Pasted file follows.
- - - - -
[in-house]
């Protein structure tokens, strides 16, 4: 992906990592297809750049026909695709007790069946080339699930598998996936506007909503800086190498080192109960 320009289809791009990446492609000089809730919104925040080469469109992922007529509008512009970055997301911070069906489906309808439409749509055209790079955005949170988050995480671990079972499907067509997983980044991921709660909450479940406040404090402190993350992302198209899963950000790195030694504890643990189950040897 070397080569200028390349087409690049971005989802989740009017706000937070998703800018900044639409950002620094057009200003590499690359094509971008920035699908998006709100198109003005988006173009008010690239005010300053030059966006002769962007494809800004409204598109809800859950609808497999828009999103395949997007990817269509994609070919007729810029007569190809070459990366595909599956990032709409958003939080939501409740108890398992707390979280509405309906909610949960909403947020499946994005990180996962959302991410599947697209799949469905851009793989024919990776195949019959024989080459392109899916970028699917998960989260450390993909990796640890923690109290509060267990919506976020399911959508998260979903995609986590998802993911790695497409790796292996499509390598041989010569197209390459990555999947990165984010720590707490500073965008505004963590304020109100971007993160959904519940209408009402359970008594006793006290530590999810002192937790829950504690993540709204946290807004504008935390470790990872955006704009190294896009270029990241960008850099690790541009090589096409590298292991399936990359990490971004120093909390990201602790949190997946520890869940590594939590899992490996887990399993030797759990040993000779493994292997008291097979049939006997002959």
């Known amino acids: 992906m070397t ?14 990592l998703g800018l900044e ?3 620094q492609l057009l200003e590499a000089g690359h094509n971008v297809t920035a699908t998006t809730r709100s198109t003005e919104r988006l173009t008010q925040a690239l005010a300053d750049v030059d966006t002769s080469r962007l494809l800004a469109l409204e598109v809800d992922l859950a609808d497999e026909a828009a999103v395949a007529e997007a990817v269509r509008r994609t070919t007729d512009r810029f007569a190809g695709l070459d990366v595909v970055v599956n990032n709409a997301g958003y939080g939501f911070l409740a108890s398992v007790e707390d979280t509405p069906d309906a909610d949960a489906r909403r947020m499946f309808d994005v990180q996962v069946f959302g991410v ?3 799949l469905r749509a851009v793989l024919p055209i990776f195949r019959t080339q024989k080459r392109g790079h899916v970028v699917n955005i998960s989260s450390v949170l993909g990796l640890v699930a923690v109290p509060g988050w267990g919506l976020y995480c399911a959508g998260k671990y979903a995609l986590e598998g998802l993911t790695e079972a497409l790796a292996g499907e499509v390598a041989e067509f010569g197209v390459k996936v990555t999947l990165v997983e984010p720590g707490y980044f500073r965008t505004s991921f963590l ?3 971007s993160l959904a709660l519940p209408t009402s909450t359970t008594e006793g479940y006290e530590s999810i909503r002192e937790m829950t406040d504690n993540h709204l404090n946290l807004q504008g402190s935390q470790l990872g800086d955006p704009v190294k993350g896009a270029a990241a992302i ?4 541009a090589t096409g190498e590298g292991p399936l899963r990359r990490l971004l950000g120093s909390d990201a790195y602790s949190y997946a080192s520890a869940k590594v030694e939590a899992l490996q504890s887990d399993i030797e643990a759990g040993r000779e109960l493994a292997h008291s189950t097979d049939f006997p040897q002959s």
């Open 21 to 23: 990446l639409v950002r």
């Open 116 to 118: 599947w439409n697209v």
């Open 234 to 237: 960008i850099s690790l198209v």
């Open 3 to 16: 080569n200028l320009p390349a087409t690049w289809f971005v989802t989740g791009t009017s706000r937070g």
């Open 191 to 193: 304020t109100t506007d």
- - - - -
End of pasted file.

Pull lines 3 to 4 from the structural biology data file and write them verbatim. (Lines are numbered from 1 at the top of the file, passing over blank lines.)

């Known amino acids: 992906m070397t ?14 990592l998703g800018l900044e ?3 620094q492609l057009l200003e590499a000089g690359h094509n971008v297809t920035a699908t998006t809730r709100s198109t003005e919104r988006l173009t008010q925040a690239l005010a300053d750049v030059d966006t002769s080469r962007l494809l800004a469109l409204e598109v809800d992922l859950a609808d497999e026909a828009a999103v395949a007529e997007a990817v269509r509008r994609t070919t007729d512009r810029f007569a190809g695709l070459d990366v595909v970055v599956n990032n709409a997301g958003y939080g939501f911070l409740a108890s398992v007790e707390d979280t509405p069906d309906a909610d949960a489906r909403r947020m499946f309808d994005v990180q996962v069946f959302g991410v ?3 799949l469905r749509a851009v793989l024919p055209i990776f195949r019959t080339q024989k080459r392109g790079h899916v970028v699917n955005i998960s989260s450390v949170l993909g990796l640890v699930a923690v109290p509060g988050w267990g919506l976020y995480c399911a959508g998260k671990y979903a995609l986590e598998g998802l993911t790695e079972a497409l790796a292996g499907e499509v390598a041989e067509f010569g197209v390459k996936v990555t999947l990165v997983e984010p720590g707490y980044f500073r965008t505004s991921f963590l ?3 971007s993160l959904a709660l519940p209408t009402s909450t359970t008594e006793g479940y006290e530590s999810i909503r002192e937790m829950t406040d504690n993540h709204l404090n946290l807004q504008g402190s935390q470790l990872g800086d955006p704009v190294k993350g896009a270029a990241a992302i ?4 541009a090589t096409g190498e590298g292991p399936l899963r990359r990490l971004l950000g120093s909390d990201a790195y602790s949190y997946a080192s520890a869940k590594v030694e939590a899992l490996q504890s887990d399993i030797e643990a759990g040993r000779e109960l493994a292997h008291s189950t097979d049939f006997p040897q002959s």
């Open 21 to 23: 990446l639409v950002r």